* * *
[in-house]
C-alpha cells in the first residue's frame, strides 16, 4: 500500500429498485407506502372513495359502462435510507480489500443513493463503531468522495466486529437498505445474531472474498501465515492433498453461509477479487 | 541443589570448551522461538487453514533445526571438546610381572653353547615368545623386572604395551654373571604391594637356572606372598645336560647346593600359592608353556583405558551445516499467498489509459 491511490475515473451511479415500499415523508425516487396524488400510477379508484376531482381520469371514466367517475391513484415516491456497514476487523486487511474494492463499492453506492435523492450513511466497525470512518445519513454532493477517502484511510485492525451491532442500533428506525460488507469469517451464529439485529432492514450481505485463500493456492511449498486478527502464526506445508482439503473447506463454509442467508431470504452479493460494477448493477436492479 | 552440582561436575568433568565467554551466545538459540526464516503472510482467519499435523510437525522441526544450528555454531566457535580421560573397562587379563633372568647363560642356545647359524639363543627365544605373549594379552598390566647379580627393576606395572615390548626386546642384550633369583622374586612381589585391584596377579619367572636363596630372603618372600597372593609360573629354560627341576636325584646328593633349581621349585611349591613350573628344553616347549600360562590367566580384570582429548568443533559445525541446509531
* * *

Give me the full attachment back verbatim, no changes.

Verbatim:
[in-house]
C-alpha cells in the first residue's frame, strides 16, 4: 500500500429498485407506502372513495359502462435510507480489500443513493463503531468522495466486529437498505445474531472474498501465515492433498453461509477479487 | 541443589570448551522461538487453514533445526571438546610381572653353547615368545623386572604395551654373571604391594637356572606372598645336560647346593600359592608353556583405558551445516499467498489509459 491511490475515473451511479415500499415523508425516487396524488400510477379508484376531482381520469371514466367517475391513484415516491456497514476487523486487511474494492463499492453506492435523492450513511466497525470512518445519513454532493477517502484511510485492525451491532442500533428506525460488507469469517451464529439485529432492514450481505485463500493456492511449498486478527502464526506445508482439503473447506463454509442467508431470504452479493460494477448493477436492479 | 552440582561436575568433568565467554551466545538459540526464516503472510482467519499435523510437525522441526544450528555454531566457535580421560573397562587379563633372568647363560642356545647359524639363543627365544605373549594379552598390566647379580627393576606395572615390548626386546642384550633369583622374586612381589585391584596377579619367572636363596630372603618372600597372593609360573629354560627341576636325584646328593633349581621349585611349591613350573628344553616347549600360562590367566580384570582429548568443533559445525541446509531